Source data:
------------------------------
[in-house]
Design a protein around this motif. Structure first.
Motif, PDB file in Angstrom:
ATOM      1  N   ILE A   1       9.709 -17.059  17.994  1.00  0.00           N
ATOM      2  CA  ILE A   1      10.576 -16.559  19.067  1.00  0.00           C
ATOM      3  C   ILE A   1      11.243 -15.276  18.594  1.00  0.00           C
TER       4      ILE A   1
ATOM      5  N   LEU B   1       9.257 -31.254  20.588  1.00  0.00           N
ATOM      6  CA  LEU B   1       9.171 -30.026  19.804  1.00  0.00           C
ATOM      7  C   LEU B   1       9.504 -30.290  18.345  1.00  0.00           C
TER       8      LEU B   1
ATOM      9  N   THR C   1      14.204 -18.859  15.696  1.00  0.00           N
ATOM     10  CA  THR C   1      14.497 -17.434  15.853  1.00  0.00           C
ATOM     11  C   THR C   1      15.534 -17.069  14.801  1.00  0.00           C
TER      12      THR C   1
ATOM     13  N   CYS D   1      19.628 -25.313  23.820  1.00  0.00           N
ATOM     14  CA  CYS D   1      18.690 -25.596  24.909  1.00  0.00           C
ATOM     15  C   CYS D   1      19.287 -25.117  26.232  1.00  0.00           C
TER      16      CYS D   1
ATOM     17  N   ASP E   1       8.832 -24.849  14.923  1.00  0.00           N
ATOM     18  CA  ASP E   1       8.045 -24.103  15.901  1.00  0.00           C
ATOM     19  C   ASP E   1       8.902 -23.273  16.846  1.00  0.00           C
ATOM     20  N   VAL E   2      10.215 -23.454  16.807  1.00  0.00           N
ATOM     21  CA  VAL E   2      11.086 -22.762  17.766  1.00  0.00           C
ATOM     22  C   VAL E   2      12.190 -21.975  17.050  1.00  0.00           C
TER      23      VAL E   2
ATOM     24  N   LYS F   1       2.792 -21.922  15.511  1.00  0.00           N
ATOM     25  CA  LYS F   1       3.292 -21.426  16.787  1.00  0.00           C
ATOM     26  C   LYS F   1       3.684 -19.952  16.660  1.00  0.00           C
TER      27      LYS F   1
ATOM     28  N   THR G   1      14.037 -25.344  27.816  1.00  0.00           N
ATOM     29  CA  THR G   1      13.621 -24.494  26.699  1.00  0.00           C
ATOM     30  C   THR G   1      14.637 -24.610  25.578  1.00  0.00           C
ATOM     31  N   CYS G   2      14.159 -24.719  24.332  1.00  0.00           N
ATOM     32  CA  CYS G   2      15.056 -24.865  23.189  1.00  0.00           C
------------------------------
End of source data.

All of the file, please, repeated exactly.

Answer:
[in-house]
Design a protein around this motif. Structure first.
Motif, PDB file in Angstrom:
ATOM      1  N   ILE A   1       9.709 -17.059  17.994  1.00  0.00           N
ATOM      2  CA  ILE A   1      10.576 -16.559  19.067  1.00  0.00           C
ATOM      3  C   ILE A   1      11.243 -15.276  18.594  1.00  0.00           C
TER       4      ILE A   1
ATOM      5  N   LEU B   1       9.257 -31.254  20.588  1.00  0.00           N
ATOM      6  CA  LEU B   1       9.171 -30.026  19.804  1.00  0.00           C
ATOM      7  C   LEU B   1       9.504 -30.290  18.345  1.00  0.00           C
TER       8      LEU B   1
ATOM      9  N   THR C   1      14.204 -18.859  15.696  1.00  0.00           N
ATOM     10  CA  THR C   1      14.497 -17.434  15.853  1.00  0.00           C
ATOM     11  C   THR C   1      15.534 -17.069  14.801  1.00  0.00           C
TER      12      THR C   1
ATOM     13  N   CYS D   1      19.628 -25.313  23.820  1.00  0.00           N
ATOM     14  CA  CYS D   1      18.690 -25.596  24.909  1.00  0.00           C
ATOM     15  C   CYS D   1      19.287 -25.117  26.232  1.00  0.00           C
TER      16      CYS D   1
ATOM     17  N   ASP E   1       8.832 -24.849  14.923  1.00  0.00           N
ATOM     18  CA  ASP E   1       8.045 -24.103  15.901  1.00  0.00           C
ATOM     19  C   ASP E   1       8.902 -23.273  16.846  1.00  0.00           C
ATOM     20  N   VAL E   2      10.215 -23.454  16.807  1.00  0.00           N
ATOM     21  CA  VAL E   2      11.086 -22.762  17.766  1.00  0.00           C
ATOM     22  C   VAL E   2      12.190 -21.975  17.050  1.00  0.00           C
TER      23      VAL E   2
ATOM     24  N   LYS F   1       2.792 -21.922  15.511  1.00  0.00           N
ATOM     25  CA  LYS F   1       3.292 -21.426  16.787  1.00  0.00           C
ATOM     26  C   LYS F   1       3.684 -19.952  16.660  1.00  0.00           C
TER      27      LYS F   1
ATOM     28  N   THR G   1      14.037 -25.344  27.816  1.00  0.00           N
ATOM     29  CA  THR G   1      13.621 -24.494  26.699  1.00  0.00           C
ATOM     30  C   THR G   1      14.637 -24.610  25.578  1.00  0.00           C
ATOM     31  N   CYS G   2      14.159 -24.719  24.332  1.00  0.00           N
ATOM     32  CA  CYS G   2      15.056 -24.865  23.189  1.00  0.00           C